‘When we are out of balance in terms of supply in the Western Cape, product is moved from elsewhere in the country – the other refineries are all in commission at the moment so there is adequate fuel from other sources.’

Tilayi also points to the ‘consistent supply’ provided by the offshore bunker operation in Algoa Bay. Three companies have supply licences in this area – South African Marine Fuels, Minerva Bunkering (formerly Aegean Marine) and Colt Marine – and he notes that they are all active suppliers.

While the use of open loop scrubbers is currently under consideration in South Africa, he noted that the bulk of bunker demand is for low sulphur product and ‘generally there is almost no supply of high sulphur fuel’ in the country.

As in other countries, the COVID-19 pandemic has hit port operations and cargo volumes in South African ports but Tilayi says there are now signs of a ‘very gradual recovery’.

‘Q1 volumes were very low and we have had some recovery, but nowhere near the volumes we have seen previously,’ he notes.

‘We have been progressively opening up the economy and volumes are picking up. I am glad that we never did stop trade altogether – the principle that it is the people that move the virus and not the trade itself allowed us to separate the two and deal with the issue of trade.’

Port State Control inspections were suspended at the country’s ports to reduce the interface with ships to a minimum, and to ensure capacity was in place to handle any emergencies, such as accidents or medical evacuations.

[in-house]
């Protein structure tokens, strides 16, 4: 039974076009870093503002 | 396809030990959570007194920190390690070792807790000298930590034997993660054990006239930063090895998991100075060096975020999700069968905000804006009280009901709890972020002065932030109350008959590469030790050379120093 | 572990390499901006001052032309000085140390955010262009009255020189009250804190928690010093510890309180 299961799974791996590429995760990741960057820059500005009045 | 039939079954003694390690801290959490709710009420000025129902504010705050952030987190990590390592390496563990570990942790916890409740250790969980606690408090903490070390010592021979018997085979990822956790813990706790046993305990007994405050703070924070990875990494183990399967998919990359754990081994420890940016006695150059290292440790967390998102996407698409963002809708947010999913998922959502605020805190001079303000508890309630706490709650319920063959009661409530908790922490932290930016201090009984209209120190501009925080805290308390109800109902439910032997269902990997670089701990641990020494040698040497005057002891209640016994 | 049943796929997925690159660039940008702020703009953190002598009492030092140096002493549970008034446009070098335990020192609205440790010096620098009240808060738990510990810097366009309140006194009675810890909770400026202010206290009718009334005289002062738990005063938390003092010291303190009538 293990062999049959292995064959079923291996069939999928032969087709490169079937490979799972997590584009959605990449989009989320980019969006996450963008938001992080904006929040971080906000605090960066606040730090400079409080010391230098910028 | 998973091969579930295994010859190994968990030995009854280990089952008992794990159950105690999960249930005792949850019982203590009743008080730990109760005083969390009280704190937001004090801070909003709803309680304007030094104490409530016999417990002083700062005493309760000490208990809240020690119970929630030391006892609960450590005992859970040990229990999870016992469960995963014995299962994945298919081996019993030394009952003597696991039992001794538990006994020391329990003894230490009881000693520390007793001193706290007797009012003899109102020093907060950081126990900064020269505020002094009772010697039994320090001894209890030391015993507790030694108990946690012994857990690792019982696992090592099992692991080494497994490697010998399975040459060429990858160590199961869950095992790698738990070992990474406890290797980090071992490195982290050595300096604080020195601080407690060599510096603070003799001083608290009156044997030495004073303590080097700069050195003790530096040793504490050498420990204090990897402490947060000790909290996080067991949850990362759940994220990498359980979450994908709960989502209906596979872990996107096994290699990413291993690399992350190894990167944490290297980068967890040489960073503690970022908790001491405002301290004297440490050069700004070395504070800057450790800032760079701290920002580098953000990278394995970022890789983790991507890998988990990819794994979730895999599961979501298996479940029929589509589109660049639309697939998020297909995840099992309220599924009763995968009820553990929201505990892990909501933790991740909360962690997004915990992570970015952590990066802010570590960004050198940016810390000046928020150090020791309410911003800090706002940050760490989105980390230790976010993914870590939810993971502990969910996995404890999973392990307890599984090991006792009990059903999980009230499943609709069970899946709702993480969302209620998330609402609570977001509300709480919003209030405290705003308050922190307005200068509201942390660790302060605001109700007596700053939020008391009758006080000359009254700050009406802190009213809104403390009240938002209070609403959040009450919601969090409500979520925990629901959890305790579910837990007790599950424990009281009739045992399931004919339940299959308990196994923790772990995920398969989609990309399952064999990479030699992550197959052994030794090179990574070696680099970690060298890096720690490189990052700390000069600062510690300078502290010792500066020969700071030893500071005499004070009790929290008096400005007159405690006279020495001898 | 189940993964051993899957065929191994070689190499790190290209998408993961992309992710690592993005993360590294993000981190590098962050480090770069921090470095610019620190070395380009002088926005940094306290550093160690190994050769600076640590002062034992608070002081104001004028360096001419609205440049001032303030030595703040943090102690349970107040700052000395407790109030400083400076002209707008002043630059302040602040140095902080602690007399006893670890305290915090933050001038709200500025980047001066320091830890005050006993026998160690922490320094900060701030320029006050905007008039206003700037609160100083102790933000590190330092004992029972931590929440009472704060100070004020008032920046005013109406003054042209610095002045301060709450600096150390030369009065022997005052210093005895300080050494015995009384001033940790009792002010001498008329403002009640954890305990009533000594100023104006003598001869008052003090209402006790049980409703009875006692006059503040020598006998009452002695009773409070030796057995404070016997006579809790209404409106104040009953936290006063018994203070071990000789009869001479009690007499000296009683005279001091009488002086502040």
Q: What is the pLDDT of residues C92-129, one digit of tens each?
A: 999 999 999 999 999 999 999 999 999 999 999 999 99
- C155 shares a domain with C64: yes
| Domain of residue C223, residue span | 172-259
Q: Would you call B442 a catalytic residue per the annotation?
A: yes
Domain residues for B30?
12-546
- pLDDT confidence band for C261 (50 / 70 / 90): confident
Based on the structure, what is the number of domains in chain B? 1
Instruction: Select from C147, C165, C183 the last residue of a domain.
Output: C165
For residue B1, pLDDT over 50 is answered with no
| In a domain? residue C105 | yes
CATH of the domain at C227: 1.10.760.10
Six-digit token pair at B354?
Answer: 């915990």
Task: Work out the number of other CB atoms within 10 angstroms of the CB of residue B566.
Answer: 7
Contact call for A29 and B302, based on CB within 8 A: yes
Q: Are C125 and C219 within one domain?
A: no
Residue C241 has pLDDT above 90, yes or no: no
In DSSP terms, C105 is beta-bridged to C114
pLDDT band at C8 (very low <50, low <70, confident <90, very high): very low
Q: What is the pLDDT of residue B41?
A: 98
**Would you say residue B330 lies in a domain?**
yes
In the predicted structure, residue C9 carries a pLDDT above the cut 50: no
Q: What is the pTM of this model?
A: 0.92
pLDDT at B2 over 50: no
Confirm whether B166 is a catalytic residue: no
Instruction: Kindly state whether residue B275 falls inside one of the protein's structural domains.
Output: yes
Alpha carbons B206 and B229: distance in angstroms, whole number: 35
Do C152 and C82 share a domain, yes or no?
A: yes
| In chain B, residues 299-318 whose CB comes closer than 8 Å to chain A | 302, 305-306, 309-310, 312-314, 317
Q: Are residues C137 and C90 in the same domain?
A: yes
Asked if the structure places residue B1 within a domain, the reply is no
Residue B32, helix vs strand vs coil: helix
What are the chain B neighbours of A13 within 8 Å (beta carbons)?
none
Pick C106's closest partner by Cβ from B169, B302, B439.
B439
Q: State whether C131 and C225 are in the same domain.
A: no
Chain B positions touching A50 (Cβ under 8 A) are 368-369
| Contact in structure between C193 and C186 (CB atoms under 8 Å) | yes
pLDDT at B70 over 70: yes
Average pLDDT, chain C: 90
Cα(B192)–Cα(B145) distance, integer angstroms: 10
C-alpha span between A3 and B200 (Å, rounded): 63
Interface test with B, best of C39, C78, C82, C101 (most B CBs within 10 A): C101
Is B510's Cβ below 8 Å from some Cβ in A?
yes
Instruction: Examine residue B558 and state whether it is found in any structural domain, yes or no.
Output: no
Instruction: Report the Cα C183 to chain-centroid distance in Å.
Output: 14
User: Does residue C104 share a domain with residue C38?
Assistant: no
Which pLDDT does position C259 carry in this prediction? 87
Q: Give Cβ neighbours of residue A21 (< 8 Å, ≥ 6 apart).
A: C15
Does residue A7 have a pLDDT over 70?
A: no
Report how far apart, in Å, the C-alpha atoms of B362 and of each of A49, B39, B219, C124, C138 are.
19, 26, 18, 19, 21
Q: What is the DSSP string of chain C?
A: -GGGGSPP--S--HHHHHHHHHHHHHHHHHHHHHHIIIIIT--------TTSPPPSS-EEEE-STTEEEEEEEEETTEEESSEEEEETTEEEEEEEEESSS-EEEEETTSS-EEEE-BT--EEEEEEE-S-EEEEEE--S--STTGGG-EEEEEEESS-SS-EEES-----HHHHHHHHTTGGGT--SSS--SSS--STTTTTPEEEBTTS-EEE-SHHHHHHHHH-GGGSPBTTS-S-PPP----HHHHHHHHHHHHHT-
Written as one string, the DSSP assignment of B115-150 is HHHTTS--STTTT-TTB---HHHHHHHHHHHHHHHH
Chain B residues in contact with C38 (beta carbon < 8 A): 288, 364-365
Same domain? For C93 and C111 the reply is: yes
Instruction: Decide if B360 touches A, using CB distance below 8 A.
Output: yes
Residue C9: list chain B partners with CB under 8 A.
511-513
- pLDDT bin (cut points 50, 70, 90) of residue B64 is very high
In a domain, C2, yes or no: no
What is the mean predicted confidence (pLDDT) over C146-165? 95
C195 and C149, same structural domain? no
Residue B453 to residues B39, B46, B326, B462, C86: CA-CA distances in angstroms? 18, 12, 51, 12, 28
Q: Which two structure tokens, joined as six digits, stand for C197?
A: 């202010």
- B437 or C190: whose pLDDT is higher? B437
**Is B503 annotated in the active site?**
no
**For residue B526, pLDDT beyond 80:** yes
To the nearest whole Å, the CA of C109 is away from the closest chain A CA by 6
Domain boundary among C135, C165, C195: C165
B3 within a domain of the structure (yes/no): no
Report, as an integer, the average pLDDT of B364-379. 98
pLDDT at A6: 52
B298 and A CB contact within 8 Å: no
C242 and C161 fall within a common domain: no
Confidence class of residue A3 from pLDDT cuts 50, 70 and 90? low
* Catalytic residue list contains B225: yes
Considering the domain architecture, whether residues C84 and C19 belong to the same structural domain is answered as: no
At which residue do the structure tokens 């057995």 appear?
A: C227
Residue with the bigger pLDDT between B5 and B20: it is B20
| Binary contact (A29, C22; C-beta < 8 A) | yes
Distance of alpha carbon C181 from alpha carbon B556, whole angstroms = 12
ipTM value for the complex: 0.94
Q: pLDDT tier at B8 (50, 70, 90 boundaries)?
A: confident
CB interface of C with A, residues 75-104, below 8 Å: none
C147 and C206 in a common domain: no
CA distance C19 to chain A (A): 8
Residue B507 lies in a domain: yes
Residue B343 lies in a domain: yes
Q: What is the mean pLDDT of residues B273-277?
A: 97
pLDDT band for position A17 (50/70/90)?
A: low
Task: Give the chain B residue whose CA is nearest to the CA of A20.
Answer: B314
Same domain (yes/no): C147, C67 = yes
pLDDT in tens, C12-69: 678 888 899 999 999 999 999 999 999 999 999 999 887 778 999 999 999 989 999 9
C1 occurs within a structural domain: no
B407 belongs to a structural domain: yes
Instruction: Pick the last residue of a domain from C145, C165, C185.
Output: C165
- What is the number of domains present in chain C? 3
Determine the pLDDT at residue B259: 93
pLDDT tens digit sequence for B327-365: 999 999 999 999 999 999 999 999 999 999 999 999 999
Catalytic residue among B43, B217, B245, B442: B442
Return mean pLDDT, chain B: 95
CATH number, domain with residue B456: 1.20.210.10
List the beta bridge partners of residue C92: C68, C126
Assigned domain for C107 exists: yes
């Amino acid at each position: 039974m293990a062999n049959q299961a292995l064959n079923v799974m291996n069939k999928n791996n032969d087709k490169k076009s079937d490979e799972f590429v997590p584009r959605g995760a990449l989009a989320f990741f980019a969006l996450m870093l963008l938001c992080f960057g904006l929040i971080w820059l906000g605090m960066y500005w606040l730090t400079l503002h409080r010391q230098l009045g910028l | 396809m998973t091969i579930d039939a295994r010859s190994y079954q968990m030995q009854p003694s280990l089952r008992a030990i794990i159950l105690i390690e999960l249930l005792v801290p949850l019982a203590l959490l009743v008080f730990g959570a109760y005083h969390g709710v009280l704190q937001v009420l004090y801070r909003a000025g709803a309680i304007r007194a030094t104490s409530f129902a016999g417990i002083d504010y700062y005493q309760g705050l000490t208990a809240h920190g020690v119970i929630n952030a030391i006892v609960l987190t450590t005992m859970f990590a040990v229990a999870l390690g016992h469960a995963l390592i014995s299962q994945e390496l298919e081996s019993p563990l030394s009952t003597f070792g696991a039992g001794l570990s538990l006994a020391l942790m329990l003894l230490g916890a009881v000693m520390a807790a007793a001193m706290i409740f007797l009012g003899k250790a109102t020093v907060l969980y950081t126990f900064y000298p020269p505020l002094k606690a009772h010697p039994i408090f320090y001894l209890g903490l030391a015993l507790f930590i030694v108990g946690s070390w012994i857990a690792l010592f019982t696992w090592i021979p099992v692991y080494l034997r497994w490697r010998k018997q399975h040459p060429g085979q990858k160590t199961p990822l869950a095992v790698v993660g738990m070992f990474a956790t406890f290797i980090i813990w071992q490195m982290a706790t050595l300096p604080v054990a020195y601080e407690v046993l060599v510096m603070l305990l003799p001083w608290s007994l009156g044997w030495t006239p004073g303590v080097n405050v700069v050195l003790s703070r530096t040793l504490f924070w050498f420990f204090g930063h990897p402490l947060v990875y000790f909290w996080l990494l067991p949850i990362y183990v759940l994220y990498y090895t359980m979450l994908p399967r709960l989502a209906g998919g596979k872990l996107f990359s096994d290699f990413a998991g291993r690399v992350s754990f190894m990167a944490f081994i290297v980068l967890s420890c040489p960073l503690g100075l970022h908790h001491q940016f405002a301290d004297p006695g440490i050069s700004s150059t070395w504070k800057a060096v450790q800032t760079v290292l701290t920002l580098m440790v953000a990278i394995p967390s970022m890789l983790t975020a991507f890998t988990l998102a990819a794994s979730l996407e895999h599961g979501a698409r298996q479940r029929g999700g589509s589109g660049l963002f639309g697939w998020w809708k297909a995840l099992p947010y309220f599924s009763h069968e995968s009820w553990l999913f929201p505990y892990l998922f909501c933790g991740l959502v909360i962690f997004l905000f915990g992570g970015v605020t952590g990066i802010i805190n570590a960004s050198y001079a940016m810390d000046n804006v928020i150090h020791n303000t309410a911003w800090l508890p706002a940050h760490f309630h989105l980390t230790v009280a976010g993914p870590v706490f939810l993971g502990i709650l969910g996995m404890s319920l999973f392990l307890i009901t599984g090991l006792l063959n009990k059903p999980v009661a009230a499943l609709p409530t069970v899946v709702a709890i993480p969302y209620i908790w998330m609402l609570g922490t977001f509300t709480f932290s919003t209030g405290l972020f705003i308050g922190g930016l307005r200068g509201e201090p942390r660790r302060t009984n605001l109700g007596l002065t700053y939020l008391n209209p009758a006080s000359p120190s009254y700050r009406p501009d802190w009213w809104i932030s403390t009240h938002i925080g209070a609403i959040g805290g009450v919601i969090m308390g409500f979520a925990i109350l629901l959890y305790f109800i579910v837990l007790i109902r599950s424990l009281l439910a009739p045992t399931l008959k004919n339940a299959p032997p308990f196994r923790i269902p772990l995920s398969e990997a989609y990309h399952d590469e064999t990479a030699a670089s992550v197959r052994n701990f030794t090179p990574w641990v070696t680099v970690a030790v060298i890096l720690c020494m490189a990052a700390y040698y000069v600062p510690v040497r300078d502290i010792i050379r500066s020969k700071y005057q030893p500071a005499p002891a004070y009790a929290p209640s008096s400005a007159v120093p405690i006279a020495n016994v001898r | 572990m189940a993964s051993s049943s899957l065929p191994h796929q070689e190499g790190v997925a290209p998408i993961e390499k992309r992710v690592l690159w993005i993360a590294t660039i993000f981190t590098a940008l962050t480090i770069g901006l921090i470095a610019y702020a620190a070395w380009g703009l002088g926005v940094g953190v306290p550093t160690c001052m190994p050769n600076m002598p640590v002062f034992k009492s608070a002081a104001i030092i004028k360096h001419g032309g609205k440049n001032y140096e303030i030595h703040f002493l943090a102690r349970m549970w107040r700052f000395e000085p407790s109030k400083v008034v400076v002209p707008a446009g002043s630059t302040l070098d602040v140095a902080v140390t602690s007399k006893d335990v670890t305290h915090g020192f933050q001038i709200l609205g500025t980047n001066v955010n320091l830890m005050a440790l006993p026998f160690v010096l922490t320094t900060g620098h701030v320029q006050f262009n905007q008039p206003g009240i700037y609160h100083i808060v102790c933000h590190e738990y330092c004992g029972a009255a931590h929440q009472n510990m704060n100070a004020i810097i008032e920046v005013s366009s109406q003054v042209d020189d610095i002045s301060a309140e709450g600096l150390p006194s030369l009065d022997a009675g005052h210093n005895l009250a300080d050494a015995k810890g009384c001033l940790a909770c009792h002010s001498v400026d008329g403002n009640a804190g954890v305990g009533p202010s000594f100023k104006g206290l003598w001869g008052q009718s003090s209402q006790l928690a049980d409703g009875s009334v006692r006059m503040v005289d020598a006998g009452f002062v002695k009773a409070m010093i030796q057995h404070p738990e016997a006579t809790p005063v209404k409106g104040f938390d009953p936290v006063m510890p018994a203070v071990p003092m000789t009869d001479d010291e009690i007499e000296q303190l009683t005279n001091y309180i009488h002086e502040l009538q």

Cargo handling capacity was also scaled back to 50% capacity and that is gradually being brought back up.

In addition to the operational challenges at South African ports generated by the pandemic, Tilayi also highlights the issues relating to ‘the general interface between international high seas shipping and the ports’, notably problems over crew changes and crew repatriation.

‘The problem is how we interface with countries; we had South African ships that battled to repatriate crew from South Africa as well as crew working on foreign ships,’ he says.

Tilayi is, of course, not alone in his frustration over the treatment of ships’ crew during the pandemic, and many industry organisations and stakeholders have called for urgent and more cohesive action on the issue. Initially during the lockdown, South Africa allowed only for the repatriation of seafarers on repatriation flights and medical evacuations.

Since then, South Africa has gradually opened its borders to seafarers to allow seafarer crew changes to occur on commercial flights.

While processes were eventually put in place, logistical problems also led to delays.

As Tilayi explains, ‘while the rule was to get [the crew] off the ship onto the aeroplane, there were no aeroplanes waiting on the tarmac so you couldn’t get them off the ship – it became a very big balancing exercise.’

He suggests that there was a global failure in recognising the importance of crewing and repatriation issues.

‘You need a pragmatic government view – you have the IMO and the ILO and everyone discussed [the situation] but the individual states to those organisations didn’t have the sovereignty to decide what happens in their waters.’

Tilayi’s concern now is that momentum on these issues will begin to falter.

‘When you look at risk mitigation, it is a full country risk and there needs to be government sensitivity around the crewing situation.

‘I hope we don’t now lose the discussion – we should know how to deal with this.’